A+| A| A-

The Tiruppur Story

Caste as Social Capital

There are suggestions that caste networks can be used as a means to reduce transaction costs and promote economic development. Based on critiques of the "social capital for development" literature and the experience of the knitwear cluster in Tiruppur, this article contends that caste-based economic networks reinforce socio-economic hierarchies and generate new forms of exclusion.

Like caste, its defenders too have a number of avatars. The most recent one is being promoted by proponents of the free market and Hindu right-wing ideologues. They view caste as a “driver of development” and as a form of “social capital”. Taking his cue from the book Trust: The Social Virtues and the Creation of Prosperity where Francis Fukuyama argues that culture constitutes 20% of the missing element in economics, S Gurumurthy, ideologue and convenor of the Swadeshi Jagaran Manch,1 looks at caste as the missing cultural element in the Indian context. He claims that caste is a safety net or a shock absorber that counteracts the problems posed by an expanding individualistic and acquisitive ethic. As he reasons,

Caste is a very strong bond. While individuals are related by families, castes link the families. Castes transcended the local limits and networked the people across. This has prevented the disturbance that industrialism caused to neighbourhood societies in the West, resulting in unbridled individualism and acute atomisation.2

Gurcharan Das, writer and newspaper columnist, and R Vaidyanathan of the Indian Institute of Management-Bangalore (IIM-B), make similar arguments. Das argues that the caste structure provides rules of self-restraint which smoothen market functioning by providing the required trust between economic agents. Caste also, according to him, provides knowledge and capital. He claims,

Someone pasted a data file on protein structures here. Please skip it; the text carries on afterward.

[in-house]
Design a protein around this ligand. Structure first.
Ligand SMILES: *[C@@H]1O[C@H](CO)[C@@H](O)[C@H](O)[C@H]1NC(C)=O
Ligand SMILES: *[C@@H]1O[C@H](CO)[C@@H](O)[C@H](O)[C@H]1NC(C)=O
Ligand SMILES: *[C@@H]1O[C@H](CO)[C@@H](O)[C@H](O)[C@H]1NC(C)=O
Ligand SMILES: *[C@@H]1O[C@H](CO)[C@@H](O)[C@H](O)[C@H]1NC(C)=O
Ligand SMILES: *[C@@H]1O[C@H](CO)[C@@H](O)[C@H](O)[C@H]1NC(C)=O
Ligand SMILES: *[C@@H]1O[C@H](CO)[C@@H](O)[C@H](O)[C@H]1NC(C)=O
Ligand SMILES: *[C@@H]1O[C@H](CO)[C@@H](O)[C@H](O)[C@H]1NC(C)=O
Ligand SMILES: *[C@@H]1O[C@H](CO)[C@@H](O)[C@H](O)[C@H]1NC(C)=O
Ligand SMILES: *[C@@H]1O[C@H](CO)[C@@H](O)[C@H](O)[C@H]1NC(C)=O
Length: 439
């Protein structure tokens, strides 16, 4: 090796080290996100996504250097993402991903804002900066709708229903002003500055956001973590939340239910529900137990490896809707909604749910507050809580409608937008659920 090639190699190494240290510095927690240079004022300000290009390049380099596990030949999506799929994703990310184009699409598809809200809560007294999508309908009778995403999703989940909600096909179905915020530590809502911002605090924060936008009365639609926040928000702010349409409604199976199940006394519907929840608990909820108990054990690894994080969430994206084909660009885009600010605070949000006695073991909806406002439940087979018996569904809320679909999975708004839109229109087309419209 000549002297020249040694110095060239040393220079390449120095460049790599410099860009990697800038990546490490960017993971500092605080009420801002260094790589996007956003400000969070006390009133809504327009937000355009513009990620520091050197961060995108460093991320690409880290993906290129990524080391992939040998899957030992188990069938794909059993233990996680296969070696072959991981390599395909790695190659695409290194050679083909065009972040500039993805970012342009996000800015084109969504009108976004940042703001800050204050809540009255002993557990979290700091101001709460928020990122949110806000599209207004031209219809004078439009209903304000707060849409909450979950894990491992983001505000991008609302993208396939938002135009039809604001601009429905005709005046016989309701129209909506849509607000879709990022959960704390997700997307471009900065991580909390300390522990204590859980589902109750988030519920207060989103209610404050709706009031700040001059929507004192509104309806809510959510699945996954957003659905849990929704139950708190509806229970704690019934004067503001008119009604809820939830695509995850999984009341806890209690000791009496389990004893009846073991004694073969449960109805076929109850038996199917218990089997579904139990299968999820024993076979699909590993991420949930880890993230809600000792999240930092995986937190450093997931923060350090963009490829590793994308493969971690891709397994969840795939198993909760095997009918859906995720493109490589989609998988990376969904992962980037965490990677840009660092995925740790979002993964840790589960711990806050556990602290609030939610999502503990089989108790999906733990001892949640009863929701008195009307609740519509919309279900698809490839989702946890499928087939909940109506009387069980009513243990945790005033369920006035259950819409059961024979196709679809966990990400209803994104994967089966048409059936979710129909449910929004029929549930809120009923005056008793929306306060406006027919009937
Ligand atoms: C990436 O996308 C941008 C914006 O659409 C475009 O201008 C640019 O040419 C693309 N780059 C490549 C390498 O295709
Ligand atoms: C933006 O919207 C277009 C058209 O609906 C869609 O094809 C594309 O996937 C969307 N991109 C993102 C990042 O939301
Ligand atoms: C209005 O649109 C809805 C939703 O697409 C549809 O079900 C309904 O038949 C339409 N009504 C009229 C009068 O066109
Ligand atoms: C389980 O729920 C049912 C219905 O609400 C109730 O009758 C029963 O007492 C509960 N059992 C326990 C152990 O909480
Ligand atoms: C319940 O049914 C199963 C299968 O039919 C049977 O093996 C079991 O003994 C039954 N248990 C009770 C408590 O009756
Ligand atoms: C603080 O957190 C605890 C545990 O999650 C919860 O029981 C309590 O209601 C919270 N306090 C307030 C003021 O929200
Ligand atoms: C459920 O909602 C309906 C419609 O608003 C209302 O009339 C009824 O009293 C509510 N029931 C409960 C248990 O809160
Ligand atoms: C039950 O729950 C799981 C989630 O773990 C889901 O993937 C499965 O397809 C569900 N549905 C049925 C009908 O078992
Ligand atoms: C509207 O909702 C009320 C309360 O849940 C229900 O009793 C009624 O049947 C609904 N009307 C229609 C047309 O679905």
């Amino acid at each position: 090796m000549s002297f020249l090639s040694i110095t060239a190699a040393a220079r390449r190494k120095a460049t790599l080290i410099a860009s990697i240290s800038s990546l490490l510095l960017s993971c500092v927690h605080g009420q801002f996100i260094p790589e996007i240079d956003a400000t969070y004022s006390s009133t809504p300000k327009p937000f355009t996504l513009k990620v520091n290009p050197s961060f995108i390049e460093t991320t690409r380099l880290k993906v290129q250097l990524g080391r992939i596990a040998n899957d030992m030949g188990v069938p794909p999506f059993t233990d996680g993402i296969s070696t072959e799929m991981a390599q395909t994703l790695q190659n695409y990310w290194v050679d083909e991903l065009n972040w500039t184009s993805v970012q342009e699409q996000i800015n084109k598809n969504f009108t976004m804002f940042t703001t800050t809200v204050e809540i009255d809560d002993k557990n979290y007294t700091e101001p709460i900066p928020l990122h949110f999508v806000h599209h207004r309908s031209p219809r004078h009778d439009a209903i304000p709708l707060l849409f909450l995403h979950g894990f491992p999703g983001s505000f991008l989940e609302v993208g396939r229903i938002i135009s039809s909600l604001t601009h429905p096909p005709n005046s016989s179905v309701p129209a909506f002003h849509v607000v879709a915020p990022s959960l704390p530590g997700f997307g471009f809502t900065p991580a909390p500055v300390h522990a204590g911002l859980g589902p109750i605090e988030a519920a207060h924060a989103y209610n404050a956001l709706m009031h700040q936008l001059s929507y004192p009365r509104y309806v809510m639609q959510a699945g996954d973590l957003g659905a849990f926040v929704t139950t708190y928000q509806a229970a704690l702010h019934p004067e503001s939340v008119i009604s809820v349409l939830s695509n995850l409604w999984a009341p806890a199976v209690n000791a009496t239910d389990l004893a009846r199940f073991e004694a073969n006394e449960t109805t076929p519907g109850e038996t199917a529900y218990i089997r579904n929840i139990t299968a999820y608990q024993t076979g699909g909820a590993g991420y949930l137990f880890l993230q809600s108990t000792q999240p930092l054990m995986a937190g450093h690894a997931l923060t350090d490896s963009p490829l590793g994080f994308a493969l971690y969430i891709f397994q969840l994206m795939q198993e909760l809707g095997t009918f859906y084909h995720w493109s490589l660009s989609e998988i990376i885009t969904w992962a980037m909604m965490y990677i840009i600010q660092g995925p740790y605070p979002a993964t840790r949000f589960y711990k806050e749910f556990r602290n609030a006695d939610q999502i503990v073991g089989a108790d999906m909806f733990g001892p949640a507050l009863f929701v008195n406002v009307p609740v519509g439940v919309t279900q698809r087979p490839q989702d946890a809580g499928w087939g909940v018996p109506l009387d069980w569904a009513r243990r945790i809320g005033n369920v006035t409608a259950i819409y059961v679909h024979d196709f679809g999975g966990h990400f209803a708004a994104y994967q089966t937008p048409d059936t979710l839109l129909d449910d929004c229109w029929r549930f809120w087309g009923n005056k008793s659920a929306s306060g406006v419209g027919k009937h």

To read the full text Login

Get instant access

New 3 Month Subscription
to Digital Archives at

₹826for India

$50for overseas users

Comments

(-) Hide

EPW looks forward to your comments. Please note that comments are moderated as per our comments policy. They may take some time to appear. A comment, if suitable, may be selected for publication in the Letters pages of EPW.

Investment in research or in scientific activity is ultimately a community decision, supported by public funds. Scientists, therefore, have the...

Empirical data from the last two-and-a-half decades tells stories of upper-caste hegemony and lack of lower-caste representation in Indian media....

In recent times, the right to speech, expression and the right to protest have been constantly undermined. An attack on these rights runs contrary...

This article argues in favour of dismantling the Industrial Disputes Act. For several decades now, the provisions in the IDA have been the leading...

The presence of status quo bias and information asymmetry in the market of menstrual products as deterrents for urban, educated menstruating women...

This article raises wider questions like whether the social sciences have been able to provide any meaning to the Covid-19 crisis by exploring the...

As a signatory to the 2030 Agenda for Sustainable Development, India is committed to ensure equal access to all levels of education and vocational...

There is a tendency to view the threat to judicial independence in India as emerging from the executive branch, and occasionally the legislature....

COVID-19 and the resultant lockdowns have severely curtailed the mobility of persons with disabilities, restricted their ability to seek basic...

The extraordinary nature of the crisis faced by the Congress means that the revival of the party is necessarily predicated upon its renewal. This...

Back to Top